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May 9, 2018

The Brain, Binge Eating, and Balance

The Brain, Binge Eating, and Balance

Every day we are faced with “now or later” decisions. Should I buy that piece of clothing I want now so I can wear it right away or should I wait and hopefully get it on sale? These types of decisions involve the concept of immediate or delayed gratification. Brain research is showing that people’s tendencies in this area often end up being expressed in their eating disorder.

Below is a graphic illustrating this concept:

The limbic system is the part of the brain involved in our emotional responses and memory formation, especially when it comes to behaviors we need for survival: feeding, reproduction, and “fight or flight” responses.

Executive function is an area of the brain that engages in the mental processes that enable us to plan, focus attention, remember instructions, and juggle multiple tasks successfully. This is where we develop self-regulation skills that enable us to set priorities and resist impulsive actions or responses.

Researchers are discovering that differences in these two areas of the brain can influence one’s reactions to food. This can be especially consequential when a person is struggling with an eating disorder. For example, a person who is feeling acute distress due to some aspect of their eating disorder might experience immediate relief through binging and/or purging, which might outweigh the long-term consequences of such behavior. However, for other individuals, their drive for order, planning, and long-term goal attainment might override the immediate needs for food, sleep or other basic human needs, resulting in restrictive eating behaviors.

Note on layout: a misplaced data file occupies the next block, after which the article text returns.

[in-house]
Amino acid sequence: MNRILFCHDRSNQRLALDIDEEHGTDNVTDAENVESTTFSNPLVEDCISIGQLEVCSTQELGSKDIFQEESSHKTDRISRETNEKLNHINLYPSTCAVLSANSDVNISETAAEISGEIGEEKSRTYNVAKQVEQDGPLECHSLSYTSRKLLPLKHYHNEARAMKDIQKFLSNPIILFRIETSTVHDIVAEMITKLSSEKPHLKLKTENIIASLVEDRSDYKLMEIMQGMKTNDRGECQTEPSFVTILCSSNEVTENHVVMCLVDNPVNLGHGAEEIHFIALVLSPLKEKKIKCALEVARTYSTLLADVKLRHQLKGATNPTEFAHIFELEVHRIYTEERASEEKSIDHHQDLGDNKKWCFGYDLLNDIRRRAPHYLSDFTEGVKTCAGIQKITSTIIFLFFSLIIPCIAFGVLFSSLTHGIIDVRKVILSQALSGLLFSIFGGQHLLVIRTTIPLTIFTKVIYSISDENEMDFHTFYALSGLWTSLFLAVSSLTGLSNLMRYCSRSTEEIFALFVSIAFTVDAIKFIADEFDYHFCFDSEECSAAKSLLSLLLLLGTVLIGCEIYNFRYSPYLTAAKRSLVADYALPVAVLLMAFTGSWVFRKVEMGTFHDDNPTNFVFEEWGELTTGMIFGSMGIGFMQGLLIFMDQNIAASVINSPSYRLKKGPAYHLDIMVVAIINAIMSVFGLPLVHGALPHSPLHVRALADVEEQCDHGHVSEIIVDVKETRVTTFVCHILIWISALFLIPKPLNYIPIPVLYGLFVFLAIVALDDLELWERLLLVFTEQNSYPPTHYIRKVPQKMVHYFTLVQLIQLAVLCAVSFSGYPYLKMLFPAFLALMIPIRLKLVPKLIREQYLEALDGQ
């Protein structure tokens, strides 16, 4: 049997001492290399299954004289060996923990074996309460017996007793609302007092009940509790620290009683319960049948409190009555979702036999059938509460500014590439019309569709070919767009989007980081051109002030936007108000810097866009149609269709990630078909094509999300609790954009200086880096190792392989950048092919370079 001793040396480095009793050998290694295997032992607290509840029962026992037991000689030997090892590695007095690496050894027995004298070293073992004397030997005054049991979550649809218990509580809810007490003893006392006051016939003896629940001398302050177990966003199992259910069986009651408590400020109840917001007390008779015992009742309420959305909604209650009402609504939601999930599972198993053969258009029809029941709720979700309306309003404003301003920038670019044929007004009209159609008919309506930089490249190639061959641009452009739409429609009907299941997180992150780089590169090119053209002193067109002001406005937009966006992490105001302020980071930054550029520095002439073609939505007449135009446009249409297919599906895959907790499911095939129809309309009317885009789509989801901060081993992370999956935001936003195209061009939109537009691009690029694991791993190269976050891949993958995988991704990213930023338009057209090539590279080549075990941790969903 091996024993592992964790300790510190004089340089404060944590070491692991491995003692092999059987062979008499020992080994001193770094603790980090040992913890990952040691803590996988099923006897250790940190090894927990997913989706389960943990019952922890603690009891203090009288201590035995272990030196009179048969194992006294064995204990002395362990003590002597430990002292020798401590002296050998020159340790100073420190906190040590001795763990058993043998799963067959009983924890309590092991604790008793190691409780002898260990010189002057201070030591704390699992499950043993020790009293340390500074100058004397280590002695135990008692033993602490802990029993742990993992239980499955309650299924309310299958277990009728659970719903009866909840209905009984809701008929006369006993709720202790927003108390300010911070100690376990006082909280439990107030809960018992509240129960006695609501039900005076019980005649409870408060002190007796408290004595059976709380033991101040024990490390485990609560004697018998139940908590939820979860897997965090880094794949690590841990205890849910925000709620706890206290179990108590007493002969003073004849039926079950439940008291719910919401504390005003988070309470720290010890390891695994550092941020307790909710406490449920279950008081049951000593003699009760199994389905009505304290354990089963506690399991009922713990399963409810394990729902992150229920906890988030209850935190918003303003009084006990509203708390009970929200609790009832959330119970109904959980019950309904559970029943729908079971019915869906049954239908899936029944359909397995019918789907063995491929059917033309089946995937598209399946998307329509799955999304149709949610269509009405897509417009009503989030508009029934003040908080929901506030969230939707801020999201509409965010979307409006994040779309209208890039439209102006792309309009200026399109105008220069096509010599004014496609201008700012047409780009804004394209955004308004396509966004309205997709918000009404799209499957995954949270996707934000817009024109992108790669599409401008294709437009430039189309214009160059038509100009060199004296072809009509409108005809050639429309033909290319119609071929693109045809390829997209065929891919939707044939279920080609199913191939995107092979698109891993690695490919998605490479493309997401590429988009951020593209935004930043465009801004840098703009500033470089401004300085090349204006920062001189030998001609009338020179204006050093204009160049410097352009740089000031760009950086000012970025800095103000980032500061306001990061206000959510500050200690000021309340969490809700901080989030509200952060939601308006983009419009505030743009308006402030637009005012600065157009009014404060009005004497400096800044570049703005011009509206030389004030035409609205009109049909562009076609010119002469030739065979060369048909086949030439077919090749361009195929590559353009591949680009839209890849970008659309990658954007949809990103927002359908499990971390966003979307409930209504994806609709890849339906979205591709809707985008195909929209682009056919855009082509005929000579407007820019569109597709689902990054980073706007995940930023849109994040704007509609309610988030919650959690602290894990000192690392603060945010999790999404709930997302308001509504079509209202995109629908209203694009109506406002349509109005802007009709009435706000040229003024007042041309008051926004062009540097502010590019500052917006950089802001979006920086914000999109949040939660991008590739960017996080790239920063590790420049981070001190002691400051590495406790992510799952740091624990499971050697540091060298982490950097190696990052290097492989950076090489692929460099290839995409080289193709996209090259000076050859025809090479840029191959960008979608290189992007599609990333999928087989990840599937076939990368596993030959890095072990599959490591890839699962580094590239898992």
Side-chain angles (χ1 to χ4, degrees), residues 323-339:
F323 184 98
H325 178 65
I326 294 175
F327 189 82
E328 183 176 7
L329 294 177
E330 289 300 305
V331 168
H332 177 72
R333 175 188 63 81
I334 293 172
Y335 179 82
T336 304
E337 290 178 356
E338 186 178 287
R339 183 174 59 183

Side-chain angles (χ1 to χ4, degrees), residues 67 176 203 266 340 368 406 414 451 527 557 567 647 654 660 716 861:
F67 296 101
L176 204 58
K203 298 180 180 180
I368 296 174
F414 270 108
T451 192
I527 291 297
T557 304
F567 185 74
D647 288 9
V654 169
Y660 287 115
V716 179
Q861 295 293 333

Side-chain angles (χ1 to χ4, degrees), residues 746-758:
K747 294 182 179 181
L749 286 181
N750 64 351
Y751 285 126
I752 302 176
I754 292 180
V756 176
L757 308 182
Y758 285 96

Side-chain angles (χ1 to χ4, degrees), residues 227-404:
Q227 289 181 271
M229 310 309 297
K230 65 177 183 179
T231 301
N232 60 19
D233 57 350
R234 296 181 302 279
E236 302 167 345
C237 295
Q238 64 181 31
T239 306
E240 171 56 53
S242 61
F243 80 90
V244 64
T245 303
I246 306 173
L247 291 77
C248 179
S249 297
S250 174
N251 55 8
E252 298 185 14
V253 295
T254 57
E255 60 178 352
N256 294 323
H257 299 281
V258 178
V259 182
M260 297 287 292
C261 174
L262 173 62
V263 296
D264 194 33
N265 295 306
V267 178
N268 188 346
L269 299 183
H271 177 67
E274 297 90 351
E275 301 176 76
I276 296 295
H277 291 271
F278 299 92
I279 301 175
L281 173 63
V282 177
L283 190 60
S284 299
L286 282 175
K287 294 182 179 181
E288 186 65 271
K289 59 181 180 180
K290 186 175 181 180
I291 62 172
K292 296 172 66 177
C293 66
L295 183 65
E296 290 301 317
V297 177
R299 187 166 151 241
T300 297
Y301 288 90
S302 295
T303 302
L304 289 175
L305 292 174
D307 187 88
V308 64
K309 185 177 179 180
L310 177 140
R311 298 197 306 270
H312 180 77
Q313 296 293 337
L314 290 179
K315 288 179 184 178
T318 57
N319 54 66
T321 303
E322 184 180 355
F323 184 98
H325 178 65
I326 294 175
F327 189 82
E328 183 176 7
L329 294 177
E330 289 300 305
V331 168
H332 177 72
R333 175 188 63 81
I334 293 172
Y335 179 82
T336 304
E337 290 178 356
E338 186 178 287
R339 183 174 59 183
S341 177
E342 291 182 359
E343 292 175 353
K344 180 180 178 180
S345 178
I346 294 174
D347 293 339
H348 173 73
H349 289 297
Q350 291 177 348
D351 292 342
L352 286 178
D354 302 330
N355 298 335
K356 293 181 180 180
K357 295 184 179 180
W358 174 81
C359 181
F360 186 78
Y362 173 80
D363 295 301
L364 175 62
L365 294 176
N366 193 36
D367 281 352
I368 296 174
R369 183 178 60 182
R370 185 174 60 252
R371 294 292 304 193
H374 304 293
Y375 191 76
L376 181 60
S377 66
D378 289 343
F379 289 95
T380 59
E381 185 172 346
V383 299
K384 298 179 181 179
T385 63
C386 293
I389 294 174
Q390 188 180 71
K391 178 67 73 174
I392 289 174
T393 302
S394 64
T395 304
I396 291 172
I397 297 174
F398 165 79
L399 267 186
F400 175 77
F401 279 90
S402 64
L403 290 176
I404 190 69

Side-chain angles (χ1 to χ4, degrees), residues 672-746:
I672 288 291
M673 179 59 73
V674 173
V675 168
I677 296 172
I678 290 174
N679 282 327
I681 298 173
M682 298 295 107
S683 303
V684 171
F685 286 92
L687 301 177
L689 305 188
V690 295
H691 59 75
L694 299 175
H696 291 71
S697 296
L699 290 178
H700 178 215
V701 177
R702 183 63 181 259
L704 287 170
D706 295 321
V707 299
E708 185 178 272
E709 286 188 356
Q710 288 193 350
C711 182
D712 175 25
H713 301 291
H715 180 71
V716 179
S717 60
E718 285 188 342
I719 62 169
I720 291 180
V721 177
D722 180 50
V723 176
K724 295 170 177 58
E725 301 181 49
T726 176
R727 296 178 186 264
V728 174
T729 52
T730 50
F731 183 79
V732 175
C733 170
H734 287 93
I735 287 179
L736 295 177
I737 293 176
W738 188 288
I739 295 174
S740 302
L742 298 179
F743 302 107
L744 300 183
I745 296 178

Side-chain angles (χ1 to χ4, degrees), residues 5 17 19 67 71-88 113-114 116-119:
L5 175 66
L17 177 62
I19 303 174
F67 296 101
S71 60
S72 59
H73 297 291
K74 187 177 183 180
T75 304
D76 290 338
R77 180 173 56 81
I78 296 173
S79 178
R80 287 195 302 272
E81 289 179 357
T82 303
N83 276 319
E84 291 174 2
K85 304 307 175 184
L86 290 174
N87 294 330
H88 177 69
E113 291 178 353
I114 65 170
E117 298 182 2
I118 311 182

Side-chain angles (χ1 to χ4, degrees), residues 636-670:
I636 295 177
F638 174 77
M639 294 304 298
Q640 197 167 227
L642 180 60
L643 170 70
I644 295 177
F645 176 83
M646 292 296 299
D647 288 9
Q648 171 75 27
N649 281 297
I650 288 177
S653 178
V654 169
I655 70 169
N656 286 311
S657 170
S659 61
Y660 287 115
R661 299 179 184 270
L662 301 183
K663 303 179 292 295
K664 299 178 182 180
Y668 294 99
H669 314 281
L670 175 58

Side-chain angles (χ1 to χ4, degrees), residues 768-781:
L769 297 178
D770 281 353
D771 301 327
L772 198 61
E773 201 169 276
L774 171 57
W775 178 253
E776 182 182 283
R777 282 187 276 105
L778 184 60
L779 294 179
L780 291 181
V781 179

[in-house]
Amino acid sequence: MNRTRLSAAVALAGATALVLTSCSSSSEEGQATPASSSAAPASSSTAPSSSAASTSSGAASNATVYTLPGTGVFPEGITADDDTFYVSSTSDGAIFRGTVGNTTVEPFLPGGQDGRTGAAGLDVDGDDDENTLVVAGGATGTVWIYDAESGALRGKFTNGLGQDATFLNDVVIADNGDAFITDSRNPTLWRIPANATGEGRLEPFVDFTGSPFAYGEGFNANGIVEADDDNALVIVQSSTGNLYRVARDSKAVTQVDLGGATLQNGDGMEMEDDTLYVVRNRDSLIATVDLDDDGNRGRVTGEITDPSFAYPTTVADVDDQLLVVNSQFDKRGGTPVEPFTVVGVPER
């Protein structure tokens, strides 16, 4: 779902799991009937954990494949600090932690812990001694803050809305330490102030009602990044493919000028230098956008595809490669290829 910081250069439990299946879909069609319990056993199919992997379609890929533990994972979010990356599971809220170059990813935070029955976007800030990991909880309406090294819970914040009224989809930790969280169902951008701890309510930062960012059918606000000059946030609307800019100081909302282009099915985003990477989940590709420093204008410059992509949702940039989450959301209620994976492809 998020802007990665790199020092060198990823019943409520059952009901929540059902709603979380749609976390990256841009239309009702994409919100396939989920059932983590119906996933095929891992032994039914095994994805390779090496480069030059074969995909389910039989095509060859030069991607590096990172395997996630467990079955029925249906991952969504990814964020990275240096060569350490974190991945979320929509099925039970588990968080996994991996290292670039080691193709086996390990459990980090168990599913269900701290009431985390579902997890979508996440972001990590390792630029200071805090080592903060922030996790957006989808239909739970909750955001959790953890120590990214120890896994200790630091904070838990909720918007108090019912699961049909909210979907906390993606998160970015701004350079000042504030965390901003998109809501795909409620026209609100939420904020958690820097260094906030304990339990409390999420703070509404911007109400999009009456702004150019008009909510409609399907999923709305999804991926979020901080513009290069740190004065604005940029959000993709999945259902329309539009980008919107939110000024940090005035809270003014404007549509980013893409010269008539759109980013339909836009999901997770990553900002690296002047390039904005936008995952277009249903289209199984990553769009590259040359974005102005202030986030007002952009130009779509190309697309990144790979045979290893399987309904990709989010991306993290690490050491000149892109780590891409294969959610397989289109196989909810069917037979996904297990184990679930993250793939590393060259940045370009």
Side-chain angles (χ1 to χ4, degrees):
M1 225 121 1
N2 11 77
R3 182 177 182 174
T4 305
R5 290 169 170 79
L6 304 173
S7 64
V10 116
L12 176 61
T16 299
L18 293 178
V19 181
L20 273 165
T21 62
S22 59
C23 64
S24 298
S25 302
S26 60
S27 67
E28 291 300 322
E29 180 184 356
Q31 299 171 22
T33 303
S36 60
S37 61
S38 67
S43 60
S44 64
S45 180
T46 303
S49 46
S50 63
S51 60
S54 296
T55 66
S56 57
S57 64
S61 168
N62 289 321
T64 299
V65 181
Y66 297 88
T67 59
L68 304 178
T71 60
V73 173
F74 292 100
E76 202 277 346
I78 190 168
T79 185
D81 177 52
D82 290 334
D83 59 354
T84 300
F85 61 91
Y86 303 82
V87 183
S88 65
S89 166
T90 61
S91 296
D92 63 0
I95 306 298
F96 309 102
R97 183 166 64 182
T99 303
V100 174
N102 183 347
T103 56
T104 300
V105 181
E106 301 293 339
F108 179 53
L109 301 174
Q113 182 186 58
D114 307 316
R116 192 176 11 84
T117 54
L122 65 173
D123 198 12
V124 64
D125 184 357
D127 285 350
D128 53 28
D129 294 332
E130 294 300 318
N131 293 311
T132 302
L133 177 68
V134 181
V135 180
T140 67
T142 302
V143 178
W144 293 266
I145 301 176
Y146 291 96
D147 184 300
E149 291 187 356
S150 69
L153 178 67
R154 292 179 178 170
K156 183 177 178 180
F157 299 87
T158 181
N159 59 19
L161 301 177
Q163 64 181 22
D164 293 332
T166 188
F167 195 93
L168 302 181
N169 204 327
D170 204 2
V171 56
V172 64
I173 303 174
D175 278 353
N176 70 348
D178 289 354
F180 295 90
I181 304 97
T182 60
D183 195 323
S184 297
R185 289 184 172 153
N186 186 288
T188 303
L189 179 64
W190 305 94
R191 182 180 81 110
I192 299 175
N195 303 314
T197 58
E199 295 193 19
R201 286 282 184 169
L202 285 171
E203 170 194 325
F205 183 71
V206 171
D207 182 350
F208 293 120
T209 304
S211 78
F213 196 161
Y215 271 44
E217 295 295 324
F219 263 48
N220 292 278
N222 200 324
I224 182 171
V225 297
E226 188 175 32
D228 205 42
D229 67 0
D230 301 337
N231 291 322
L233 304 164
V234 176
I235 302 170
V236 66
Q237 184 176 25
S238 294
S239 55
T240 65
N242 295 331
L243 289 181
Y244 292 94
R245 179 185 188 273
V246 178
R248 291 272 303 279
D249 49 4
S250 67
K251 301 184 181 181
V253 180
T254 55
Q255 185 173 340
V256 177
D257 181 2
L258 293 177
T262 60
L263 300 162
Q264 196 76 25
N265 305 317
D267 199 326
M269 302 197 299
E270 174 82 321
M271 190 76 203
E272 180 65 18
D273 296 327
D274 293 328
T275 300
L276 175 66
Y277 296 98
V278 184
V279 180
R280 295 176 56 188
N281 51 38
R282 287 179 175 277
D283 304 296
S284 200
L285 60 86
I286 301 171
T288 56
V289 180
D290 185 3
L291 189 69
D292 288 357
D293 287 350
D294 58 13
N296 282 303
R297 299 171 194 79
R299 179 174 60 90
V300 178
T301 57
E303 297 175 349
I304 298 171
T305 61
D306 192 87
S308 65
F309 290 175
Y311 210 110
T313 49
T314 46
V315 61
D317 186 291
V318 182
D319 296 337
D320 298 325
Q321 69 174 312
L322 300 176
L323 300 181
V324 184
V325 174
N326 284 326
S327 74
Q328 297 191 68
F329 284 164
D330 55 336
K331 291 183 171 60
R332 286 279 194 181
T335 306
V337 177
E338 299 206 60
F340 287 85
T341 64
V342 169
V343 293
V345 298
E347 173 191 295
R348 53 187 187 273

Being aware of our own tendencies and getting better acquainted with how our brain works can help us make sense of why we take the actions we do, and if necessary, what skills, strategies, and coping mechanisms we might need to help eliminate or minimize actions that don’t serve our long-term, recovery goals.


Hilmar Wagner, MPH, RDN, LN, CD

Hilmar Wagner (he/him), MPH, RDN, LN, CD, is a Clinical Outreach Specialist for Accanto Health, the parent company of The Emily Program and Gather Behavioral Health. In this role, Hilmar has presented on a wide range of eating disorder topics and related nutrition topics at local, regional, and national conferences. In addition to his deep understanding of evidence-based eating disorder care, he has a particular interest in the application of mindfulness and body-centered, somatic approaches to the nutritional treatment of eating disorders.

Hilmar received his bachelor’s degree in Nutrition/Dietetics and master’s in Public Health Nutrition from the University of Minnesota. Prior to joining The Emily Program in 2006, Hilmar worked as a Registered Dietitian in a variety of clinical, outpatient, community, and supervisory settings. In his over 15 years of experience, Hilmar has worked directly with clients of all eating disorder diagnoses in a variety of clinical settings. He has also served in management roles at the site, regional, and organization-wide levels.

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